The meat and potatoes of this post....my lesson plan book which I am in LOVE with! In the past I have read about people using post-it note lesson plan books and it sounded like a complete waste of time. Why write it out when I could type it up and print it? Boy was I WRONG! At my school, in my grade level, each person is responsible for planning a particular subject. Essentially the same plans gets passed around every year and everyone, including myself, retype or rewrite the plans so that they are in our own personal format. I've spent years trying every lesson plan format under the sun to find the one that was perfect for me. The last four years I've typed my plans and printed them, hoping to reuse them but found that I couldn't because the dates didn't match up or something changed last minute. This year I was frustrated with all of the re-doing that I just decided that I'd paperclip all the plans that my team gave me and just stick a post it note on it every day with whatever I was going to do. This worked pretty well for the school year. Then one day an official that was pretty high up in the county came tearing through our school picking apart everything around. Now, the official didn't stop by my room to complain about anything, but I figured it would be best to lose the paper clipped pile of plans. Then the thought of the post-it note lesson plan book popped into my head. I realized at that moment that is was BRILLIANT! So, I made my own lesson plan book with color coded post-it notes that is easy to reuse next year. Notes can easily be moved to different days or different pages depending on my schedule.
So, are you interested yet? Well if you are, here is what you will need:
- Spiral notebook (I would suggest one that has a vinyl cover since it will last longer)
- Post-it notes (I like the "super sticky" ones)
- Sharpie or black marker
- Post-it tabs (optional)
- Notebook cover or portfolio (optional)
Step 1: Assemble your materials
Grab the items listed above and clear off a space on the kitchen table, it's time to get our DIY on. :)
Step 2: Decide on a plan
I sketched out my idea of how I wanted to set up my plan book. I organized mine in a way that worked for me. The days of the week going left to right across the top an the subject going top to bottom down the side. Technically I didn't have to list the subject, I could have listed the time frame instead since I color coded my plans according to subject. (Blue for math, pink for reading, and green for other. I have other because writing, science, and social studies all get lumped into the same kind of time frame and due to scheduling I'm not able to hit every one each day.)
Step 3: Lay out and measure
I set up my post-its where I wanted them (I just placed the whole pad where I wanted it so I'd have an idea of what space I needed. Then I drew my lines. If you use a sharpie, the line will kind of bleed through so when you turn the page over you don't have to remeasure, just use the ruler to trace over the straight line. After tracing all the lines in the book, I went back and added tabs for the weeks. There are only 36 weeks in our school year, but I have 43 weeks worth of tabs just to be safe. I used the post-it tabs and just cut them into fourths and alternated colors. Then I wrote the week number on the tab. Super easy.
Step 4: Label boxes and add the post-it notes
That's pretty self explanatory. I used small post-it notes to note the math topic (blue), reading story (pink), related AR tests (orange), and week info (yellow). I didn't want to put any of that info on the book permanently. I used light blue for math, pink for reading, and green for other (writing, science, and social studies). The teal color is for specific standards, objectives, essential questions, etc.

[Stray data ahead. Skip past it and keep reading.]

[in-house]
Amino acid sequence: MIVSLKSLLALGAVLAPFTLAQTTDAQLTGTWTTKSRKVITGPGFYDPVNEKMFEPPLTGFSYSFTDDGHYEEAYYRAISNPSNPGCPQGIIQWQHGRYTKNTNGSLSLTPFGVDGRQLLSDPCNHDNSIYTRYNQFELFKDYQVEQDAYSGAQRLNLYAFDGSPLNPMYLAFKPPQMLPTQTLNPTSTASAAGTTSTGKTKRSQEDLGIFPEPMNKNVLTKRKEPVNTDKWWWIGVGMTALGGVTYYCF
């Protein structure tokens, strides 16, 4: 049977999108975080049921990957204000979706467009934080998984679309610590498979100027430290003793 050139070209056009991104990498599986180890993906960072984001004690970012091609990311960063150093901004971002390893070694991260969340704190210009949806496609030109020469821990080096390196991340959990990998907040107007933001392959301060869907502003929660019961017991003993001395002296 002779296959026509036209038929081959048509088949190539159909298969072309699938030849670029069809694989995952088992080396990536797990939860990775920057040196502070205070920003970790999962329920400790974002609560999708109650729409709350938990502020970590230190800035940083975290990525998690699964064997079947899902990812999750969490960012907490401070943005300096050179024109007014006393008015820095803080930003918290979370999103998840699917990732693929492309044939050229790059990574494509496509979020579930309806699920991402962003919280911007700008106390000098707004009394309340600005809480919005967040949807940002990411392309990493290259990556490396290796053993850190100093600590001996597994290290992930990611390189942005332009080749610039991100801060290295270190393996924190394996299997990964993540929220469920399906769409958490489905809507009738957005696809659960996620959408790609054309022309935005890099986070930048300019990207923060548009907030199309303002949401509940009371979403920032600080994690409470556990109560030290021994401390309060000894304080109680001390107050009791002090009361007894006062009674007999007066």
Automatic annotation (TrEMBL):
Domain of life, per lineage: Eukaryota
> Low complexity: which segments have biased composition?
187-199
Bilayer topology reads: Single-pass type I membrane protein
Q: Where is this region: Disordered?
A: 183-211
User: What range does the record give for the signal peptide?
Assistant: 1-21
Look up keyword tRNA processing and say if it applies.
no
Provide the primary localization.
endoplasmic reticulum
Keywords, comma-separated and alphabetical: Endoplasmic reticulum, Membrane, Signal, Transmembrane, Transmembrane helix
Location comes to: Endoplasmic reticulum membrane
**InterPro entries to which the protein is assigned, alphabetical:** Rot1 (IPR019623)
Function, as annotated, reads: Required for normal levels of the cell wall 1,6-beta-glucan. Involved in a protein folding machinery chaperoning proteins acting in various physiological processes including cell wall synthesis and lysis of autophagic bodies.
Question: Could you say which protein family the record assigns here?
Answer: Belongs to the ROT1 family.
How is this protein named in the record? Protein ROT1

Step 5: Start writing your plans
It was surprisingly easy to do this. Obviously these are not scripted 7 point lesson plans. I put down my main ideas for the lesson. Things that make perfect sense to me, and that show anyone else who might be looking that I have planned out my lessons for the day/week. I even drew little pictures for the art activities or projects that I was planning. (These are not the same plans that I would use if I had a sub, but as all of you teachers know...we always write very scripted lessons when we have subs.)
Step 6: Prepare for changes
This it a perfect example for what to do when something unexpected happens that changes your plans. On this week we had a field trip on Thursday. So, I used star shaped sticky notes to show my changes to my plan for the week. Obviously I don't expect to have the same field trip again on the same week next year. The fun shape makes it easy to see that there is a change at that time.
Step 7: Pretty Portfolio (optional)
I happened to have an old leather portfolio hanging around that I hadn't used in years. Since is cost a pretty penny I never got rid of it. So, I used it to cover my new lesson plan book (and it matches oh so well). If you don't have a portfolio or notebook cover, I would highly suggest using a notebook with a vinyl cover since it will last longer.
UPDATED TO ADD...
Step 8: Daily Schedule
On the first page of my plan book I have my schedule for each day along with mini-notes of parent volunteer times or student pull out times. I have my schedule memorized so I don't print it anywhere on my plans, but I do have it in my plan book...just in case. ;)
Pinterest Inspired Presidents
I hope all of your are enjoying your President's Day weekend! Last week I had my kiddos do a President's Day art activity that was inspired by Pinterest. My class made these little cuties:
|These cuties were examples made by a coworker. I'll have to post a picture of the ones my kiddos made.|
I know it is past Valentine's, but if you didn't like how your card holders worked out this year you can try these. Super easy, sturdy, and cute. :)